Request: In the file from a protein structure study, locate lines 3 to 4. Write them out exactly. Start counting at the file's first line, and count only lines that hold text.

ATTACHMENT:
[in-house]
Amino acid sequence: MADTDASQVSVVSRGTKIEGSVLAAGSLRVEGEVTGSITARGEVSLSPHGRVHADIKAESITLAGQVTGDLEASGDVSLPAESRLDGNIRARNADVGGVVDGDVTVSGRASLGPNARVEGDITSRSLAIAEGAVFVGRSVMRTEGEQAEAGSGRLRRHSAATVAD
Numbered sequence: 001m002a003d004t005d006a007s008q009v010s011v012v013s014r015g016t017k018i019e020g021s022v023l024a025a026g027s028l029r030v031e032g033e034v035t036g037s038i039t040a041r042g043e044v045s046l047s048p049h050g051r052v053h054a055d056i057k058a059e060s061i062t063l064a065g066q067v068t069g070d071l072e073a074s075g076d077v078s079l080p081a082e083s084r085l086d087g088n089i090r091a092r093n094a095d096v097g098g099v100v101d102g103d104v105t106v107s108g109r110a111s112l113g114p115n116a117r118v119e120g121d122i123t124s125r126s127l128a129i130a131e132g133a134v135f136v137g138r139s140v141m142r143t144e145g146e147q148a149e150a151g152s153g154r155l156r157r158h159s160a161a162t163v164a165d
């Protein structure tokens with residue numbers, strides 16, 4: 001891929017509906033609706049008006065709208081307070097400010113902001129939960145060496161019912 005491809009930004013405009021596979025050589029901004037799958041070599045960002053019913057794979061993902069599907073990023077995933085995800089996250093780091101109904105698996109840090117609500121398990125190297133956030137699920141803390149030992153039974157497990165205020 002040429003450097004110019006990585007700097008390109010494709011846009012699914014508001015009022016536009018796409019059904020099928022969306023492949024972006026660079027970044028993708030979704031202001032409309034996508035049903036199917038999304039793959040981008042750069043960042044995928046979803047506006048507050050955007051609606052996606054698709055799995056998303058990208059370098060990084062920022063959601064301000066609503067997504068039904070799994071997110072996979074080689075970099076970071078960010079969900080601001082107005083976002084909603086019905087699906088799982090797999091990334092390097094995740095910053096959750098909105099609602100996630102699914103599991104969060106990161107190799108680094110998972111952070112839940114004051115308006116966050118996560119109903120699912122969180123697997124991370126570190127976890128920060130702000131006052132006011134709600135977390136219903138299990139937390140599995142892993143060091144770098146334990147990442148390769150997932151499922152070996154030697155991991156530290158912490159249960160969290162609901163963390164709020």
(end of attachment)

Numbered sequence: 001m002a003d004t005d006a007s008q009v010s011v012v013s014r015g016t017k018i019e020g021s022v023l024a025a026g027s028l029r030v031e032g033e034v035t036g037s038i039t040a041r042g043e044v045s046l047s048p049h050g051r052v053h054a055d056i057k058a059e060s061i062t063l064a065g066q067v068t069g070d071l072e073a074s075g076d077v078s079l080p081a082e083s084r085l086d087g088n089i090r091a092r093n094a095d096v097g098g099v100v101d102g103d104v105t106v107s108g109r110a111s112l113g114p115n116a117r118v119e120g121d122i123t124s125r126s127l128a129i130a131e132g133a134v135f136v137g138r139s140v141m142r143t144e145g146e147q148a149e150a151g152s153g154r155l156r157r158h159s160a161a162t163v164a165d
């Protein structure tokens with residue numbers, strides 16, 4: 001891929017509906033609706049008006065709208081307070097400010113902001129939960145060496161019912 005491809009930004013405009021596979025050589029901004037799958041070599045960002053019913057794979061993902069599907073990023077995933085995800089996250093780091101109904105698996109840090117609500121398990125190297133956030137699920141803390149030992153039974157497990165205020 002040429003450097004110019006990585007700097008390109010494709011846009012699914014508001015009022016536009018796409019059904020099928022969306023492949024972006026660079027970044028993708030979704031202001032409309034996508035049903036199917038999304039793959040981008042750069043960042044995928046979803047506006048507050050955007051609606052996606054698709055799995056998303058990208059370098060990084062920022063959601064301000066609503067997504068039904070799994071997110072996979074080689075970099076970071078960010079969900080601001082107005083976002084909603086019905087699906088799982090797999091990334092390097094995740095910053096959750098909105099609602100996630102699914103599991104969060106990161107190799108680094110998972111952070112839940114004051115308006116966050118996560119109903120699912122969180123697997124991370126570190127976890128920060130702000131006052132006011134709600135977390136219903138299990139937390140599995142892993143060091144770098146334990147990442148390769150997932151499922152070996154030697155991991156530290158912490159249960160969290162609901163963390164709020």